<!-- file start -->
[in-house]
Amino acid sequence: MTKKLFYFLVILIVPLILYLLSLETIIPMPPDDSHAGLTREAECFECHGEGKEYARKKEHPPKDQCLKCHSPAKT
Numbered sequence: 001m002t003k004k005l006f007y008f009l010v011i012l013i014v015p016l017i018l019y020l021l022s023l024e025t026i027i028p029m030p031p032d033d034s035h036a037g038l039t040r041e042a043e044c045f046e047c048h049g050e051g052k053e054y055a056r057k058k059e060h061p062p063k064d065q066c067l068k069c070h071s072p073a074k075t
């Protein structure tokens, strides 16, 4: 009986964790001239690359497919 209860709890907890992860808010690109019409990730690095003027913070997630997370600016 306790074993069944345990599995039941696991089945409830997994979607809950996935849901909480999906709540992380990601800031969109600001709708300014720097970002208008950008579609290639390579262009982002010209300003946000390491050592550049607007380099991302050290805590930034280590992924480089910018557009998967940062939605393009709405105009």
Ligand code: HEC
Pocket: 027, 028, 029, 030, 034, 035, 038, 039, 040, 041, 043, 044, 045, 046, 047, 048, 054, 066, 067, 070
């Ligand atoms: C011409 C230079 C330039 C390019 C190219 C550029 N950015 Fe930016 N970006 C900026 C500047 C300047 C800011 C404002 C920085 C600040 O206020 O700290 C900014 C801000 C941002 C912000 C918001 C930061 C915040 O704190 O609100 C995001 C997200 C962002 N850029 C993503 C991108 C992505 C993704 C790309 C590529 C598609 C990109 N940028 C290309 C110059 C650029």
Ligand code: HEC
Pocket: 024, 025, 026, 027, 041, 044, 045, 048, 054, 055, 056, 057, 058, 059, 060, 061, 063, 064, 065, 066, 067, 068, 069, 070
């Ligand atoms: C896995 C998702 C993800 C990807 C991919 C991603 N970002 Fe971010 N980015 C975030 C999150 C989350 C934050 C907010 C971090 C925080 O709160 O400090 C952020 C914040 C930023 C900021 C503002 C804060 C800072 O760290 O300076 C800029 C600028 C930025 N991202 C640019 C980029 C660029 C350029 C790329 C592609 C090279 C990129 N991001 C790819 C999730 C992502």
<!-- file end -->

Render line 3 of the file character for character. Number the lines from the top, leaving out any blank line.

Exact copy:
Numbered sequence: 001m002t003k004k005l006f007y008f009l010v011i012l013i014v015p016l017i018l019y020l021l022s023l024e025t026i027i028p029m030p031p032d033d034s035h036a037g038l039t040r041e042a043e044c045f046e047c048h049g050e051g052k053e054y055a056r057k058k059e060h061p062p063k064d065q066c067l068k069c070h071s072p073a074k075t